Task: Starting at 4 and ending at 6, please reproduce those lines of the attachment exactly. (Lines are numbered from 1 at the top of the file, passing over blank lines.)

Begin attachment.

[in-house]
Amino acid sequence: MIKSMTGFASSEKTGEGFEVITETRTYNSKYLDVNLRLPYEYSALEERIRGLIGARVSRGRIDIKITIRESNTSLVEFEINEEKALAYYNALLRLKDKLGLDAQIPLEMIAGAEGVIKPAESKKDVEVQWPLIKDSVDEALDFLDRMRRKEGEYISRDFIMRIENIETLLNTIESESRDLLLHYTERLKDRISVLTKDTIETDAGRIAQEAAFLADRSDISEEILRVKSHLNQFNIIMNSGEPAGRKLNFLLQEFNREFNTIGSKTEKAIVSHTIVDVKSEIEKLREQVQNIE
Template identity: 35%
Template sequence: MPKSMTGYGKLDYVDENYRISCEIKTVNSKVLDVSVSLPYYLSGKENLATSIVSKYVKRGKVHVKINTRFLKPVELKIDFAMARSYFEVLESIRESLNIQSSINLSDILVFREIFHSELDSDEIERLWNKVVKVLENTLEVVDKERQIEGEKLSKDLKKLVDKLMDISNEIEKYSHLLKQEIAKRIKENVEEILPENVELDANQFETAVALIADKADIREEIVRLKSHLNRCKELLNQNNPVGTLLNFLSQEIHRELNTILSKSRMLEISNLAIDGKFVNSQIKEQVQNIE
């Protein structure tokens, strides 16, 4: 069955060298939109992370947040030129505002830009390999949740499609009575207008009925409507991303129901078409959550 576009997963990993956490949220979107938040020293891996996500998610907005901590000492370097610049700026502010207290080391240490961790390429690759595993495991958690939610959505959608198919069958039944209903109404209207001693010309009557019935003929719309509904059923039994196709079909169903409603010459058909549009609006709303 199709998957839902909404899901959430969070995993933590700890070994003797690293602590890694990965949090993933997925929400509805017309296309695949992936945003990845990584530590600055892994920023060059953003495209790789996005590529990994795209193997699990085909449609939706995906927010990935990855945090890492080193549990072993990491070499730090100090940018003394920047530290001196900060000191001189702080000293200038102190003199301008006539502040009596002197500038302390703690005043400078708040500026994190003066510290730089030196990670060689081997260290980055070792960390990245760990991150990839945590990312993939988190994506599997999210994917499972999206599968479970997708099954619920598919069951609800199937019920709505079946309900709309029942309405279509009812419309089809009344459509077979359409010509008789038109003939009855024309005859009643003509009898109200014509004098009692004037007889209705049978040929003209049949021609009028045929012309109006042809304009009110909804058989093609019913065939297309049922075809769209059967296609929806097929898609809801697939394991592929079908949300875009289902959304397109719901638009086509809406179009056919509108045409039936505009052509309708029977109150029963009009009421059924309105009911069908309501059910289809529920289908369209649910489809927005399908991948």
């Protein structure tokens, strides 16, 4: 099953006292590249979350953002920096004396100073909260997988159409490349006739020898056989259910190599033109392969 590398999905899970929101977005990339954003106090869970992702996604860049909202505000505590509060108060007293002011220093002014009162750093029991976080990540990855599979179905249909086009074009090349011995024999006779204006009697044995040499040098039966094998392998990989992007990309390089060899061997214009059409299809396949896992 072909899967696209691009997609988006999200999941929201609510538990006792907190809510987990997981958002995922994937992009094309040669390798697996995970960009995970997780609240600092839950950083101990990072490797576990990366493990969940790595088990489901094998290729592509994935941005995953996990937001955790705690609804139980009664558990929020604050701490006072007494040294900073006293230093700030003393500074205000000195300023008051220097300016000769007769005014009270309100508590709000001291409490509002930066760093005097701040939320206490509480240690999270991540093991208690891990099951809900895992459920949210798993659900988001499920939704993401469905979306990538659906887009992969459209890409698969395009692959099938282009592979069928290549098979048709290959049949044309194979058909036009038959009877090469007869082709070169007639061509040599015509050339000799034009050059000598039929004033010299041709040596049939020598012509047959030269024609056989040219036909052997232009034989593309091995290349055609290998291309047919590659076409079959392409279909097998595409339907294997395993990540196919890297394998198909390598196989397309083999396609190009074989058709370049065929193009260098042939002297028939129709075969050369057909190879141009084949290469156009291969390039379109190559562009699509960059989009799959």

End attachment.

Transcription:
Template sequence: MPKSMTGYGKLDYVDENYRISCEIKTVNSKVLDVSVSLPYYLSGKENLATSIVSKYVKRGKVHVKINTRFLKPVELKIDFAMARSYFEVLESIRESLNIQSSINLSDILVFREIFHSELDSDEIERLWNKVVKVLENTLEVVDKERQIEGEKLSKDLKKLVDKLMDISNEIEKYSHLLKQEIAKRIKENVEEILPENVELDANQFETAVALIADKADIREEIVRLKSHLNRCKELLNQNNPVGTLLNFLSQEIHRELNTILSKSRMLEISNLAIDGKFVNSQIKEQVQNIE
């Protein structure tokens, strides 16, 4: 069955060298939109992370947040030129505002830009390999949740499609009575207008009925409507991303129901078409959550 576009997963990993956490949220979107938040020293891996996500998610907005901590000492370097610049700026502010207290080391240490961790390429690759595993495991958690939610959505959608198919069958039944209903109404209207001693010309009557019935003929719309509904059923039994196709079909169903409603010459058909549009609006709303 199709998957839902909404899901959430969070995993933590700890070994003797690293602590890694990965949090993933997925929400509805017309296309695949992936945003990845990584530590600055892994920023060059953003495209790789996005590529990994795209193997699990085909449609939706995906927010990935990855945090890492080193549990072993990491070499730090100090940018003394920047530290001196900060000191001189702080000293200038102190003199301008006539502040009596002197500038302390703690005043400078708040500026994190003066510290730089030196990670060689081997260290980055070792960390990245760990991150990839945590990312993939988190994506599997999210994917499972999206599968479970997708099954619920598919069951609800199937019920709505079946309900709309029942309405279509009812419309089809009344459509077979359409010509008789038109003939009855024309005859009643003509009898109200014509004098009692004037007889209705049978040929003209049949021609009028045929012309109006042809304009009110909804058989093609019913065939297309049922075809769209059967296609929806097929898609809801697939394991592929079908949300875009289902959304397109719901638009086509809406179009056919509108045409039936505009052509309708029977109150029963009009009421059924309105009911069908309501059910289809529920289908369209649910489809927005399908991948």
């Protein structure tokens, strides 16, 4: 099953006292590249979350953002920096004396100073909260997988159409490349006739020898056989259910190599033109392969 590398999905899970929101977005990339954003106090869970992702996604860049909202505000505590509060108060007293002011220093002014009162750093029991976080990540990855599979179905249909086009074009090349011995024999006779204006009697044995040499040098039966094998392998990989992007990309390089060899061997214009059409299809396949896992 072909899967696209691009997609988006999200999941929201609510538990006792907190809510987990997981958002995922994937992009094309040669390798697996995970960009995970997780609240600092839950950083101990990072490797576990990366493990969940790595088990489901094998290729592509994935941005995953996990937001955790705690609804139980009664558990929020604050701490006072007494040294900073006293230093700030003393500074205000000195300023008051220097300016000769007769005014009270309100508590709000001291409490509002930066760093005097701040939320206490509480240690999270991540093991208690891990099951809900895992459920949210798993659900988001499920939704993401469905979306990538659906887009992969459209890409698969395009692959099938282009592979069928290549098979048709290959049949044309194979058909036009038959009877090469007869082709070169007639061509040599015509050339000799034009050059000598039929004033010299041709040596049939020598012509047959030269024609056989040219036909052997232009034989593309091995290349055609290998291309047919590659076409079959392409279909097998595409339907294997395993990540196919890297394998198909390598196989397309083999396609190009074989058709370049065929193009260098042939002297028939129709075969050369057909190879141009084949290469156009291969390039379109190559562009699509960059989009799959």